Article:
Are You Socially Conditioned?

Yesterday when we were buying some wine the lady on the checkout asked if we were going to drown our sorrows after Les Bleus got knocked out of a football tournament. Last night England won and a reporter at a fan zone said that the atmosphere was infectious, they meant there was an enjoyable and fun atmosphere, I heard potential super spreader event. My relative disinterest in soccer has caused a number of “awkward” social interactions. People have tried to engage me in conversation, and I say something along the lines of “wrong shaped ball”. It has partially excluded me from the “lad” culture which is so prevalent in England. People are socially conditioned to the notion that grown men kicking a spherical bag of air around a pitch is both exciting and very important.

There are vast amounts of socially conditioned aspirations and behaviours endemic in modern life, they do show variations between nations. What is “acceptable” under the unwritten dogma changes across borders, in the UK eating dogs is frowned upon for example. Getting on the housing ladder if possible is de rigueur there. Having a well looked after vehicle which is dent free is a social necessity if there are funds available. Here driving a car that is a cosmetically bashed up is fine.

Social status is import to some. If you had a professor, a lord and a labourer each alone in the jungle at night and a hungry leopard was on the prowl, would it care in any way about their status? No, they would just be meat on two feet. We are socially conditioned that this imaginary thing, status, is important and that it exists.

On one of my team development events I said that the manner of working at Imperial College was as a cold efficiency team. I.E. not all warm and lovey-dovey, not a lot of tree hugging there. A participant later complained that I was speaking badly of a former employer. I doubt anyone there would be upset at being called cold efficiency teams. They may even be flattered by the efficiency bit. The participant had been socially conditioned to not say some things. There are verbal taboos which are growing in number thanks to the tsunami of wokery.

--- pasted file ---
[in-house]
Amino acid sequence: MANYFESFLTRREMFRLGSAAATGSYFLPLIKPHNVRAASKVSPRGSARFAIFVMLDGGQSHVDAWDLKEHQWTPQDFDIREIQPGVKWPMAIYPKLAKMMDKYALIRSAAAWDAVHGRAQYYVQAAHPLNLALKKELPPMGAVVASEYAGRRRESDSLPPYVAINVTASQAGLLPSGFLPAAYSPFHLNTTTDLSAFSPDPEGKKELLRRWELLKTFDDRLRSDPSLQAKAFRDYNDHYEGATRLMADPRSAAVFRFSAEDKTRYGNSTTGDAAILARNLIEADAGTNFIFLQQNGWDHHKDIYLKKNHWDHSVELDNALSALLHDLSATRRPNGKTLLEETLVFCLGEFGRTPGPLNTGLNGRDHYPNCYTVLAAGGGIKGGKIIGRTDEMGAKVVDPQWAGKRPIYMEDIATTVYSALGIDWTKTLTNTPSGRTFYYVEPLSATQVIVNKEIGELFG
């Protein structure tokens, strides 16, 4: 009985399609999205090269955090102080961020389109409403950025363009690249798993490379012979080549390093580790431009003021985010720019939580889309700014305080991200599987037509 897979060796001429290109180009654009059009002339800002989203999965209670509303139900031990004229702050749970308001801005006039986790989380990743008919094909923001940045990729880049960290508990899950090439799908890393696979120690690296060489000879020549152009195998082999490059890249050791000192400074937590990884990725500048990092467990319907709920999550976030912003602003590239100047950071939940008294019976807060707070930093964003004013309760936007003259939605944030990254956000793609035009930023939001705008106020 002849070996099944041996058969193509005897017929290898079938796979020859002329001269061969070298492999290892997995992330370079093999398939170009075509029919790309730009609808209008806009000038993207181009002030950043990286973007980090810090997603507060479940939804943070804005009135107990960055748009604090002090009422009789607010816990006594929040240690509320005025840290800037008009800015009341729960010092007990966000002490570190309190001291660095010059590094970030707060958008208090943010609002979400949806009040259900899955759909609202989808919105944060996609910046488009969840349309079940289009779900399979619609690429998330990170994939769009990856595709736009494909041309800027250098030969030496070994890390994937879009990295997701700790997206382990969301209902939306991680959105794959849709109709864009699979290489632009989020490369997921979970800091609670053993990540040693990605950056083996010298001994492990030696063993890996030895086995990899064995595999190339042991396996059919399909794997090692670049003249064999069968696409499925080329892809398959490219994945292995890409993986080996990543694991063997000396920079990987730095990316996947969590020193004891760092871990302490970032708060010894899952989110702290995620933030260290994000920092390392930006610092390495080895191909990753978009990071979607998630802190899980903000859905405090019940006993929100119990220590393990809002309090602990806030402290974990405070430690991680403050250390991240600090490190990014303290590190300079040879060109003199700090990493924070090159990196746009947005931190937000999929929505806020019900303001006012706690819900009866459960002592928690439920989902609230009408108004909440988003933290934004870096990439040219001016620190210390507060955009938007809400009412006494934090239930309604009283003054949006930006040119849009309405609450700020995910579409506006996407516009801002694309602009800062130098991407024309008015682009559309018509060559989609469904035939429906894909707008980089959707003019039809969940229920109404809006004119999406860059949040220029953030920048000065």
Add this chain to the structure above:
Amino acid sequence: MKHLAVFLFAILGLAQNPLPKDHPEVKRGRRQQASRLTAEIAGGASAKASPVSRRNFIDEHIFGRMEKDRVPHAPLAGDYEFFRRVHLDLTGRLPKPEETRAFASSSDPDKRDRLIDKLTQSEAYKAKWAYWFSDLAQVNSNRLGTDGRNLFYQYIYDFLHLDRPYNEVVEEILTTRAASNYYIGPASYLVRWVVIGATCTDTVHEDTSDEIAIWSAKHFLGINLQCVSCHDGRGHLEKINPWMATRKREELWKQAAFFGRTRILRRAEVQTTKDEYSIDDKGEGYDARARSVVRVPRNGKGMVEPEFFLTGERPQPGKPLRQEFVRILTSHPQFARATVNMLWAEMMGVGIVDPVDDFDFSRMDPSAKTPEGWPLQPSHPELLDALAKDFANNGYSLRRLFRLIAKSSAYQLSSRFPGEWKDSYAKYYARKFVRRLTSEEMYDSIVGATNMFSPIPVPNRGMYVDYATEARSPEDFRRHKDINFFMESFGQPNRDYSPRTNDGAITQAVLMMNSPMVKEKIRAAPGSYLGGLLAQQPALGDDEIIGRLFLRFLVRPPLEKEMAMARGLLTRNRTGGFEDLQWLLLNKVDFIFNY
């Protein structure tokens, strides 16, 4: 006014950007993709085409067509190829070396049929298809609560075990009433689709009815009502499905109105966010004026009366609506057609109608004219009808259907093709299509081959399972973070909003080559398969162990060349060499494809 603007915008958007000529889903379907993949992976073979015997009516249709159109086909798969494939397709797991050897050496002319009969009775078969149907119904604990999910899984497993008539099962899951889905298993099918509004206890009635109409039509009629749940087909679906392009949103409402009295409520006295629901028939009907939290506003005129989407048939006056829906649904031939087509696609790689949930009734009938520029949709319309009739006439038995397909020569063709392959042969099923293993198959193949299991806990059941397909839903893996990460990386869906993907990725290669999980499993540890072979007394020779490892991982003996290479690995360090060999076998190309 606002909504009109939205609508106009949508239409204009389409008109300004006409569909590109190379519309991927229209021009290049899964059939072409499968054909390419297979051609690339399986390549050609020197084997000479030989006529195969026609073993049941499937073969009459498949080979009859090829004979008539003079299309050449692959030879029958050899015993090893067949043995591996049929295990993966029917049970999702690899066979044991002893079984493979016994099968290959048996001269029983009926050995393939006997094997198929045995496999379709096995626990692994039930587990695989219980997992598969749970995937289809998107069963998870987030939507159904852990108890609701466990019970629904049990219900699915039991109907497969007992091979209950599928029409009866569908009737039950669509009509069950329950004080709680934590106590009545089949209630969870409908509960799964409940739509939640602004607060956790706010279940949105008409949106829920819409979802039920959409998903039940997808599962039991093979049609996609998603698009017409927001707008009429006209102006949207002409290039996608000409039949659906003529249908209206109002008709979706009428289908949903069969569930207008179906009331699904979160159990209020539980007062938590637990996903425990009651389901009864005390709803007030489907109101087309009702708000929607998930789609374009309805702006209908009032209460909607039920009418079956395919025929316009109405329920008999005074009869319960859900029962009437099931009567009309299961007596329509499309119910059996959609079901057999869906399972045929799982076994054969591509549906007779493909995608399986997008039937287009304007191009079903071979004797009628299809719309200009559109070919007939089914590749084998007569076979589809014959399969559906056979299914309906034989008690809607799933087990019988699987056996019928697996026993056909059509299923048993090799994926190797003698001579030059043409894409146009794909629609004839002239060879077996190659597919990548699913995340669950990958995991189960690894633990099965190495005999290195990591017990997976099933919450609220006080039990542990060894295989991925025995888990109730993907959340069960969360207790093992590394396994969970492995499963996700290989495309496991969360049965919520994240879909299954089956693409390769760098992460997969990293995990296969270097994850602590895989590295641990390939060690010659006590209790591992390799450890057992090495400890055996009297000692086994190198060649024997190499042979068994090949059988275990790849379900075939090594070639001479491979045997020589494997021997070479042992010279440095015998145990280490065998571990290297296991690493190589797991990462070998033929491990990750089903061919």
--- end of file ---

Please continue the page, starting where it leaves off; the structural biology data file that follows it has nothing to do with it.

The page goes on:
Social conditioning is policed with the two most heinous words in the English language, should and ought.

“Tut-tut-tut you should not say things like that. You ought to be more respectful to those who have higher social status than you!”

THEY write the social conditioning dogma with language of a conditional voice. If you don’t behave as you ought, you could get yourself into trouble.

As a little experiment a while back whenever anyone asked me “how are you?” as a greeting, I told them in some detail. This conditioned them quite quickly to changing the greeting to something more suitable like Hi or Hello.

If you get cancer people are socially conditioned to feel sorry for you and many don’t like talking about it.

Social conditioning is NOT reality. It is a learned set of conditioned behavioural, emotional and mental reactions. It is Pavlovian. It is learned on mother’s knee and can be unlearned. We are conditioned to be afraid of dying. Why? It is one of the most natural things about life.

To find out how socially conditioned you are, may I suggest a little experiment?

Make an estimate of the number of times you will say should or ought in day.

Then count how many times in a day you say “should” and how many times you say “ought”.

That should keep you busy, and you ought to find it amusing!